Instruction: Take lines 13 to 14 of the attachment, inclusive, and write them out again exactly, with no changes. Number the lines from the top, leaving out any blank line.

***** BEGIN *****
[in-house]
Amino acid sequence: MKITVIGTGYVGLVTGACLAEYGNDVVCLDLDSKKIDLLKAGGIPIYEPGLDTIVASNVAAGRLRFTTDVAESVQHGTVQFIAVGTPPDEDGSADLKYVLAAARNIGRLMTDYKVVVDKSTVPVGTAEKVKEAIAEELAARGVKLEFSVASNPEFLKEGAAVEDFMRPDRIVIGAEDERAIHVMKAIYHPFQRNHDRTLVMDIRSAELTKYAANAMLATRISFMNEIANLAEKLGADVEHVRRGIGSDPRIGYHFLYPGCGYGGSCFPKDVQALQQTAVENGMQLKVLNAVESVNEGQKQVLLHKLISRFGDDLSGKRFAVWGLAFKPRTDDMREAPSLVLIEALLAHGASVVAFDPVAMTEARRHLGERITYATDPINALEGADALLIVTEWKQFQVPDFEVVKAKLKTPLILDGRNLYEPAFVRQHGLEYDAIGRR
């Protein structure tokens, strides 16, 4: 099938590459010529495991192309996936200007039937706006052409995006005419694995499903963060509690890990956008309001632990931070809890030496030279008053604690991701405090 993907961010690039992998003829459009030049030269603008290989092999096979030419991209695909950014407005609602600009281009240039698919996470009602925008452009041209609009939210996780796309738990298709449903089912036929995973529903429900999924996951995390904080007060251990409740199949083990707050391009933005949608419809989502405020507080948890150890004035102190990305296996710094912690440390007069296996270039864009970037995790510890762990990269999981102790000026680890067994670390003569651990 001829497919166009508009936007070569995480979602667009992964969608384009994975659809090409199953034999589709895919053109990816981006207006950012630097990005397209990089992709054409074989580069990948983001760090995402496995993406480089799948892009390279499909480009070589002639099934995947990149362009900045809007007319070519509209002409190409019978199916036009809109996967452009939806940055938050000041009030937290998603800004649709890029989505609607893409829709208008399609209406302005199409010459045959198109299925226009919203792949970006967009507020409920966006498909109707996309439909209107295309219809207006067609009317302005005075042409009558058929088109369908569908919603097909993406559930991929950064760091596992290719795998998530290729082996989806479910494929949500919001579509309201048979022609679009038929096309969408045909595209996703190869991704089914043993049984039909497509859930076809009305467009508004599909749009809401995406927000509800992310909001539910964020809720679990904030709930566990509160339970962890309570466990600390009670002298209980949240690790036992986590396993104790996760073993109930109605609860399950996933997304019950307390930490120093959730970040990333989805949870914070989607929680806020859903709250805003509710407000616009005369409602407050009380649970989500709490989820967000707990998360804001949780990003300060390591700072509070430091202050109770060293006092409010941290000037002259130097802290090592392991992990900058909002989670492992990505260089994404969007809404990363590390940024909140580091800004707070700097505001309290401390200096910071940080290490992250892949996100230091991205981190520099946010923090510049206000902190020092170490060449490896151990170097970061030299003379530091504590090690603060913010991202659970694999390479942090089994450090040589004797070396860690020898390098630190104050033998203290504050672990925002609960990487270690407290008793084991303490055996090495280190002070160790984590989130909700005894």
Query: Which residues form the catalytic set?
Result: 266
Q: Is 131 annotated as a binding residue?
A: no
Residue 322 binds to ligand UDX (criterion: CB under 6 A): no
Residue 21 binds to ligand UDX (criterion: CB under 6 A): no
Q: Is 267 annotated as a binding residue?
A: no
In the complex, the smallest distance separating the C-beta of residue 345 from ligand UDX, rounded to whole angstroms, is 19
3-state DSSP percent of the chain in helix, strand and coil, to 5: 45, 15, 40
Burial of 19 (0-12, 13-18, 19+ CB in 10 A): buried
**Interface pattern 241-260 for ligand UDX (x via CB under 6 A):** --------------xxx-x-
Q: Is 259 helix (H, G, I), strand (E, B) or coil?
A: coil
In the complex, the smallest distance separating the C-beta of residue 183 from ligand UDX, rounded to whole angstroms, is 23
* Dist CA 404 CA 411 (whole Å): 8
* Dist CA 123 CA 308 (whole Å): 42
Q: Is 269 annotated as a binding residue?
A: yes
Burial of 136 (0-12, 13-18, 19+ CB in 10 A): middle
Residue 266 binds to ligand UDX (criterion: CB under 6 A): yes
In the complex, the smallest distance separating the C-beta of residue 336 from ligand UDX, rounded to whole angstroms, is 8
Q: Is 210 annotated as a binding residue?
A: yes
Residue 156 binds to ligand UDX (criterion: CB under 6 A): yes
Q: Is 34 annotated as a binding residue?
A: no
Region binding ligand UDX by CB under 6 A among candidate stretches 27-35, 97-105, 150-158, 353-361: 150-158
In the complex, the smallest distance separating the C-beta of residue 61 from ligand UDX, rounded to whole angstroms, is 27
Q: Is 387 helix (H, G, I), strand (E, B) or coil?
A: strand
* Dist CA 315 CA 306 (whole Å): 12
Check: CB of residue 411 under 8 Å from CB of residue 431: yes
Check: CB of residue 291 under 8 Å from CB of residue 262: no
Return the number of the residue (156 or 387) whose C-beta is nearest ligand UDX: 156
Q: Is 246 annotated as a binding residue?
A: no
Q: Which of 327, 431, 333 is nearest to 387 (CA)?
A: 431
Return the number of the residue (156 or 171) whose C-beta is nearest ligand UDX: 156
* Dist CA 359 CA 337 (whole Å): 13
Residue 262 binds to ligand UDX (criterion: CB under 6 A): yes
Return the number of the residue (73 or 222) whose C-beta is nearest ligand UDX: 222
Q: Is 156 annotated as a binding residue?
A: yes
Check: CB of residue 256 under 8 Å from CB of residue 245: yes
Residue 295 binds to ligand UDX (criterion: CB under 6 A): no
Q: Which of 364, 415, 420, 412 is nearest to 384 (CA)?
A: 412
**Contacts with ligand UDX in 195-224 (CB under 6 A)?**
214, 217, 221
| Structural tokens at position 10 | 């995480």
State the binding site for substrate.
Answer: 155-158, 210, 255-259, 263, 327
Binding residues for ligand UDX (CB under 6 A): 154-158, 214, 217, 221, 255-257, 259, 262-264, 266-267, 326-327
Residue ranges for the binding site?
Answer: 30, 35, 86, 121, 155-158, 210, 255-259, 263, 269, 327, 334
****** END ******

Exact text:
3-state DSSP percent of the chain in helix, strand and coil, to 5: 45, 15, 40
Burial of 19 (0-12, 13-18, 19+ CB in 10 A): buried